Memories: What a great party game! With the right group of people, this game can be intense (and intensely hilarious). In this day and age in which much to do is made of internet multiplayer games, I think I’d rather be in the same room with a bunch of friends playing Warlords than doing any of this newfangled online gaming. Read More
The Game: The Martians are coming! And they’re coming in colorful vector graphics! The tripod-like Martian War Machines land, extend their legs, and begin marching inexorably toward your cannon, pausing momentarily to sweep the bottom of the screen with their deadly heat rays, or hurling spirals of energy your way to slow down your cannon. You have a shield that can offer you mere moments of protection, but if it wears out or you find yourself in the Martians’ sights, your spiky-headed cannon operator is fried, and the cannon is promptly manned by another spiky-headed gunner. When your spiky-headed infantry is exhausted, the Martian invasion continues… (Cinematronics, 1981)
Memories: An entertaining variation on the basic game concept of Space Invaders, War Of The Worlds is quite a tricky game. From a visual standpoint, for line art, the Martian War Machines are menacing foes, and it could be that this is their best moving-image representation, possibly even better than Pal or Spielberg managed. (The rotating “Cylon eye” effect adds a lot of frisson, especially when the heat ray unexpectedly shoots out of it and blasts you!) Read More
The Game: What do you do when you’re alone in a space filled with big-tongued alien meanies? Well, you shoot ’em, naturally! The game starts in a wide-open, unrestricted playing field in which both you and the aliens can move about freely. Two structures in the center of the screen form a “warp” through which you can instantaneously transport yourself into a different playing field, a structured maze also filled with nasties. Only this time, instead of a gun, you have bombs which you can only leave in your wake – and hopefully you can run far enough in that time that the bomb will only blow up the aliens, and not yourself. You can return to the warp – and the first playing field – when it flashes. (Rock-Ola [under license from Namco], 1981)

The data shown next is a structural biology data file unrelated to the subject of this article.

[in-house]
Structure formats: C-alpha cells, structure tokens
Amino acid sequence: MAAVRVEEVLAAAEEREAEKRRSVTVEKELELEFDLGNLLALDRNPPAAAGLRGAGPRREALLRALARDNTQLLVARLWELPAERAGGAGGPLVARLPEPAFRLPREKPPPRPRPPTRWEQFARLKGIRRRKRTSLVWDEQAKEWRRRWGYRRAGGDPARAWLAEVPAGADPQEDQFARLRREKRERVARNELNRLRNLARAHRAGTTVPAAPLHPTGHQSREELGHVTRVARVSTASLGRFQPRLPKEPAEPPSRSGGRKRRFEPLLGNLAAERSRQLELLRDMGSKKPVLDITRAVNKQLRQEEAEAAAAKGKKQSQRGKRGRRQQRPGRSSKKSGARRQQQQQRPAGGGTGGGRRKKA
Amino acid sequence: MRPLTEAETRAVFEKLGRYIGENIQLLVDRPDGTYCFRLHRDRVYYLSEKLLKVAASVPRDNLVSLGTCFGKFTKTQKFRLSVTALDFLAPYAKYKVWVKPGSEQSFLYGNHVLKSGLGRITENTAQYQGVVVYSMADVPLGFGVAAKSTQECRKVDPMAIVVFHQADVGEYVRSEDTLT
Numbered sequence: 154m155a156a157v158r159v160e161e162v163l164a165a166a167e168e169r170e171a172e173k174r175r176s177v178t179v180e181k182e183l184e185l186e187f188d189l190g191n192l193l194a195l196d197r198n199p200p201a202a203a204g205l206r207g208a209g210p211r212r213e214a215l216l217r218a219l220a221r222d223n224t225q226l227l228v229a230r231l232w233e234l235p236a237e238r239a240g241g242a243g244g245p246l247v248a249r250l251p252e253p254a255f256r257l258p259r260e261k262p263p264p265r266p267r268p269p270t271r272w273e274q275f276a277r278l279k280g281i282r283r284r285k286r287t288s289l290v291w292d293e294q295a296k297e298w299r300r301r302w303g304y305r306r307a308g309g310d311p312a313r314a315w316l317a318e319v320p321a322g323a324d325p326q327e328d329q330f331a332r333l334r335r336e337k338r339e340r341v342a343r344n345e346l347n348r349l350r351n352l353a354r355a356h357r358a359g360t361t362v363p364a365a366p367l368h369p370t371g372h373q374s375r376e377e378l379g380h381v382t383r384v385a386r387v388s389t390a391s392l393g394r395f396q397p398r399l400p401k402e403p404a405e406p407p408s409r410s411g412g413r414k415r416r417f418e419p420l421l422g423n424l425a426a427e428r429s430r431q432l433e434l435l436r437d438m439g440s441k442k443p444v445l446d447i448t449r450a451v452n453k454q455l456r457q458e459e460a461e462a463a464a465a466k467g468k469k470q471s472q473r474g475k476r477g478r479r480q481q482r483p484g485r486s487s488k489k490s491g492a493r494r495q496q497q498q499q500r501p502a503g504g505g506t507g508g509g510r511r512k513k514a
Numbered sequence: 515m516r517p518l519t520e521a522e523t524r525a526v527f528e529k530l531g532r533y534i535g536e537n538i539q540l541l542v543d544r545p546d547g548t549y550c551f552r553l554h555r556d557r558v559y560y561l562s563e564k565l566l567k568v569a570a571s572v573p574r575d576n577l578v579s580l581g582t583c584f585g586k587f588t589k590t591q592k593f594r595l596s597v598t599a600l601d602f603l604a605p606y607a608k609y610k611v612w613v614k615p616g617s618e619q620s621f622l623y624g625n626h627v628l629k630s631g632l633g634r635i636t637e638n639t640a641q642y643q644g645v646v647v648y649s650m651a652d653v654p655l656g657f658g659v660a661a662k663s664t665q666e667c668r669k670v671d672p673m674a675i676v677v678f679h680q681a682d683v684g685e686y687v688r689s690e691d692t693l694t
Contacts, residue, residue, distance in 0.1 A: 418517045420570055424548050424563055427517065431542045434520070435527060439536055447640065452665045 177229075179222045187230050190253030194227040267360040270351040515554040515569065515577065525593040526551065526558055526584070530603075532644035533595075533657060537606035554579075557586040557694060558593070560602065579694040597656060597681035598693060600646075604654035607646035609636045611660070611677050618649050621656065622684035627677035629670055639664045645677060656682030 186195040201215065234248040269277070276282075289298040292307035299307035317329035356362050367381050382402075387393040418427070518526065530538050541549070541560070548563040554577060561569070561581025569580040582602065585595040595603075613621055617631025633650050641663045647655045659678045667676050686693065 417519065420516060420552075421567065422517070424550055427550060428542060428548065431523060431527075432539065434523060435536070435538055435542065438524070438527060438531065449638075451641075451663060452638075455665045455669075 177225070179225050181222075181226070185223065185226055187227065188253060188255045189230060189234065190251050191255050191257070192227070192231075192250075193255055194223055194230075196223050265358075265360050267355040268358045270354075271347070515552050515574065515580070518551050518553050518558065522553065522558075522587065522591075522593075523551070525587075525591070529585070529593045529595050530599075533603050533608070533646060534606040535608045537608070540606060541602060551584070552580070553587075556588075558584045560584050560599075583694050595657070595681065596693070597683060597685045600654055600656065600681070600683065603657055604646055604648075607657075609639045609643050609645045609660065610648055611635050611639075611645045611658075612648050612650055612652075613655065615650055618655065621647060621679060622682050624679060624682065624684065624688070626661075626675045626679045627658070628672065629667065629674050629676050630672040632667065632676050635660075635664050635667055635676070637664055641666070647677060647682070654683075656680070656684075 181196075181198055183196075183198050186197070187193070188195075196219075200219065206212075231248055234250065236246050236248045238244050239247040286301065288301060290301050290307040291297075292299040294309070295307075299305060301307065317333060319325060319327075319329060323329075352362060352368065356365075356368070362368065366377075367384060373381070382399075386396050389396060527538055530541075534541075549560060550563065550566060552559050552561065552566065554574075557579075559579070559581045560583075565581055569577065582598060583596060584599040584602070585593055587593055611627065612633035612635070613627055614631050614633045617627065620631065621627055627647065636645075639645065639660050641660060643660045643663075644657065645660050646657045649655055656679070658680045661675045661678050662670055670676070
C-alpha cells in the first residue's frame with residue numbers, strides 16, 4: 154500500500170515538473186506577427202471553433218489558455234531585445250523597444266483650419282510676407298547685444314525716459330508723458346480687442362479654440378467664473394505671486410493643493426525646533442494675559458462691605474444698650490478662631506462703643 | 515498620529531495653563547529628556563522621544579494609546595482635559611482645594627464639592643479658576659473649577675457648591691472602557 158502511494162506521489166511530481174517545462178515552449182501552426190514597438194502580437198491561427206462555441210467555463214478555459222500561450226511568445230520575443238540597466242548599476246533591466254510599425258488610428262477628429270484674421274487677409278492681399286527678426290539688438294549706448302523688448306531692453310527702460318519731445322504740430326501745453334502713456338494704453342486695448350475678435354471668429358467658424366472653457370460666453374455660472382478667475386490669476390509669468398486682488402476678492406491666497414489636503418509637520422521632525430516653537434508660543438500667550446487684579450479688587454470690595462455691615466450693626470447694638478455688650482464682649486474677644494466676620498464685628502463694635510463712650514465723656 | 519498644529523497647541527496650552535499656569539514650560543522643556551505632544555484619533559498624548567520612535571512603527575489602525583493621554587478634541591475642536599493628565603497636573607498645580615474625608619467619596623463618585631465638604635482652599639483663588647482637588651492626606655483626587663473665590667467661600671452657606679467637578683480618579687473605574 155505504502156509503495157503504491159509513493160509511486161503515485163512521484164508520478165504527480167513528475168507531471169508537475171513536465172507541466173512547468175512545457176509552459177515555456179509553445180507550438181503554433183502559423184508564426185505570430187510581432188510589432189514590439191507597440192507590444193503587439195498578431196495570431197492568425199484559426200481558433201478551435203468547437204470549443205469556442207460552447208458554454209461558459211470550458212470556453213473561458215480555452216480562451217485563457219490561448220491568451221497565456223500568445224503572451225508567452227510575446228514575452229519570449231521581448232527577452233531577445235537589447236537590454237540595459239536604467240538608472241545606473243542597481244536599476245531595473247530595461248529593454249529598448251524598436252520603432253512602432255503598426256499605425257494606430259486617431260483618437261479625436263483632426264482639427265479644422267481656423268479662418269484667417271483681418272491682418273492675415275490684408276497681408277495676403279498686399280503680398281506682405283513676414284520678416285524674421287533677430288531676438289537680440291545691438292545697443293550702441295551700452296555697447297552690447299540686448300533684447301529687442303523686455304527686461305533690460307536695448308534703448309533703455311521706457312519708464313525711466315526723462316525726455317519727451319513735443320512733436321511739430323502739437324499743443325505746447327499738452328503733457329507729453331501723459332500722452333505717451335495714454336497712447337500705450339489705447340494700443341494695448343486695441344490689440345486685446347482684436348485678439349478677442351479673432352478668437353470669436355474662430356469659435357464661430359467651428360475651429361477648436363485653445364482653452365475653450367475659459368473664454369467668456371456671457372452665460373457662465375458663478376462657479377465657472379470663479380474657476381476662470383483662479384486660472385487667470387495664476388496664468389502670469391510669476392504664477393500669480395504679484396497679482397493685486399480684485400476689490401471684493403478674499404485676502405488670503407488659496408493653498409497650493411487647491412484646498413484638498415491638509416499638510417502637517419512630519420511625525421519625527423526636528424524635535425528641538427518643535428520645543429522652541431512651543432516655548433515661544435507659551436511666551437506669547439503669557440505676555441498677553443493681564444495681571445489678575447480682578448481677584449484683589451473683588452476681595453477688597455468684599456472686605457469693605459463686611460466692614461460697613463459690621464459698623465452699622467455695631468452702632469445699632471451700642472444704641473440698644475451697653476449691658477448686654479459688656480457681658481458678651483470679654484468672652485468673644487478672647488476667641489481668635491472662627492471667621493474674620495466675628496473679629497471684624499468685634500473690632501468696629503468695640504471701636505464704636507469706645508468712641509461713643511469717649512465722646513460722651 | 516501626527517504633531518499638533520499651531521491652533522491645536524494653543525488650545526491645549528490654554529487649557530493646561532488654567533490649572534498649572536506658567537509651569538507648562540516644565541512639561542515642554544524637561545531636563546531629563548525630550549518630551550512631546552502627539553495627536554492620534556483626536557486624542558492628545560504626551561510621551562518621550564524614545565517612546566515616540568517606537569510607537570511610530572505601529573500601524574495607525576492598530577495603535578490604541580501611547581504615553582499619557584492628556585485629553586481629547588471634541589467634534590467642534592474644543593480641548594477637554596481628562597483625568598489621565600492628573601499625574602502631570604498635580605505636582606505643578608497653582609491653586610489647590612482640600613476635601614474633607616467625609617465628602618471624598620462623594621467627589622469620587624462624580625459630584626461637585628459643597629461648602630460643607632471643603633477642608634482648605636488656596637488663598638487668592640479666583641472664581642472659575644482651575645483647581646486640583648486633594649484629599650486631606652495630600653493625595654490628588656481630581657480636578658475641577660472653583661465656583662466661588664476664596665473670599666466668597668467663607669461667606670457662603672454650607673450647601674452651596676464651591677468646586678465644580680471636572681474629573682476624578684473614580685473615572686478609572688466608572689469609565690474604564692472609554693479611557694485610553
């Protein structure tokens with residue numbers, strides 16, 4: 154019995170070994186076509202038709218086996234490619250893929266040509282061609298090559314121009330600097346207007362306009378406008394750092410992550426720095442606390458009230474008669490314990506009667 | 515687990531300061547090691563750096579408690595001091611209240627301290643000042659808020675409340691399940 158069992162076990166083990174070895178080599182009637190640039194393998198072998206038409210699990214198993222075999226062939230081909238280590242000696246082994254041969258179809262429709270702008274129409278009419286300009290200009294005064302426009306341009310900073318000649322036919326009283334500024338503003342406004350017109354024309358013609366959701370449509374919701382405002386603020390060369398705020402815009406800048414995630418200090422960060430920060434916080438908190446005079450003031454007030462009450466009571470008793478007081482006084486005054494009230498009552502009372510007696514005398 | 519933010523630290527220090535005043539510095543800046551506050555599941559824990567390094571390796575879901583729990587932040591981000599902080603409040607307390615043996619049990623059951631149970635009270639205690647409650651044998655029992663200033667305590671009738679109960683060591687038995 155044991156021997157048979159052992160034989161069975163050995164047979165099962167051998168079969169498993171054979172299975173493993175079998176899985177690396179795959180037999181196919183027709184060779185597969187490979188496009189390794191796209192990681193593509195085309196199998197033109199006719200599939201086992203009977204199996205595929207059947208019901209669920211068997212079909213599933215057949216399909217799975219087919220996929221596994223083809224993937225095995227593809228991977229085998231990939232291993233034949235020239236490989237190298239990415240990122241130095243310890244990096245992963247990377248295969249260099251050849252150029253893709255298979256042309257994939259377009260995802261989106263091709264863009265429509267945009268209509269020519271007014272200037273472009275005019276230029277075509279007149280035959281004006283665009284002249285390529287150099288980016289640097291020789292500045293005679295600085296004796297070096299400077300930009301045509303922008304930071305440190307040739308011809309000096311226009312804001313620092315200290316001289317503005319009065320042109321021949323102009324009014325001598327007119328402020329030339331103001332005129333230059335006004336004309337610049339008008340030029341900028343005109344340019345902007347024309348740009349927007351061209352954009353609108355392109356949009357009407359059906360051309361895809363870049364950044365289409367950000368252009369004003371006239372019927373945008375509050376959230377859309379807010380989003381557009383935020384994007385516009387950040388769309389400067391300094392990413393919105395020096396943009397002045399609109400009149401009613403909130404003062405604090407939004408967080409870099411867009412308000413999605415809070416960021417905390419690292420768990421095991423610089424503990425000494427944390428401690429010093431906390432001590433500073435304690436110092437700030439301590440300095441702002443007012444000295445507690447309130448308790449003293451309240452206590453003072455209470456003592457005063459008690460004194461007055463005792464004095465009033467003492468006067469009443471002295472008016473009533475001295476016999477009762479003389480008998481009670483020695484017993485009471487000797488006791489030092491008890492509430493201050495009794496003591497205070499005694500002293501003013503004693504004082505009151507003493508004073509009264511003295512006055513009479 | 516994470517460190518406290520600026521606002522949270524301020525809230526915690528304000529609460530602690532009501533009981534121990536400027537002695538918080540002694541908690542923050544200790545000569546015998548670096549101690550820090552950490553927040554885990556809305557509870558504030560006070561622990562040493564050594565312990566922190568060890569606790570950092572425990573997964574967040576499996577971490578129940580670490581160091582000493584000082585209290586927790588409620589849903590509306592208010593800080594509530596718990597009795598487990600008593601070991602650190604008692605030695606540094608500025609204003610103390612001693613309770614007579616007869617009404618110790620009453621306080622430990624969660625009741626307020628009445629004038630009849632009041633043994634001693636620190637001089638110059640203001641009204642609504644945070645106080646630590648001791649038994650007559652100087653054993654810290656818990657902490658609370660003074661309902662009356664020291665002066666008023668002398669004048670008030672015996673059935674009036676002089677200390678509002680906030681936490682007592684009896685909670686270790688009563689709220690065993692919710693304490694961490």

Memories: This is an oddity in arcade history, and not everyone knew that it came from the same hotbed of creativity that spawned Pac-Man, Dig Dug and Galaga – especially since it really wasn’t that much of a hit. Read More
The Game: Kozmik Krooz’r is back, floating around a desolate landscape in his tiny saucer and blasting away at the menacing denizens of the planet. By shooting two identical creatures, he can eliminate them; failing to match his first target with his next one will either release both creatures or, in later levels, create mix-and-match mutations that will prove to be even more difficult to get rid of. By eliminating all of the creatures on the screen, Krooz’r cruises to the next level; if any of the creatures come in contact with him, he loses a life. (Midway, 1982)
Memories: Video game history is rife with specimens of characters who struck somebody as being promising enough that an attempt was made to bring an entire franchise into being on willpower alone. From Exidy’s promise that Venture‘s “Winky” would star in later games (he didn’t) to Midway’s duo of Kozmik Krooz’r games, these also-ran characters are kind of like pixellated reality talent show wanna-bes, strutting their stuff for the arcade’s equivalent of 15 minutes of fame before the gaming public voted with their quarters.
Kozmik Krooz’r appeared in two games released at roughly the same time by Midway: Wacko and the eponymous Kozmik Krooz’r. Both games were built around a gimmick. Kozmik Krooz’r sported a miniature model of a flying saucer above the screen, and the game’s action revolved around that saucer’s presence; Wacko, on the other hand, had one of the most unique cabinets designed for a coin-op to date: the entire cabinet, marquee, control panel and all, was lopsided, sloping downward from left to right. Whether or not gamers got the joke, however, is another thing entirely. (The answer may well lie in the fact that Krooz’r didn’t appear in any further games.)
With the dark look of the classic arcade of the 1970s giving way to Chuck E. Cheese-inspired day-glo friendliness in the ’80s, Midway was simiarly aiming to make a relatively friendly game with Wacko, and it’s an interesting twitch-gaming experience grafted onto an almost educational concept (shape/pattern matching). As interesting as the “wack”-ed out cabinet was, one wonders if it actually lured enough gamers in to make the break with tradition worthwhile…or if it hurt Wacko‘s chances instead.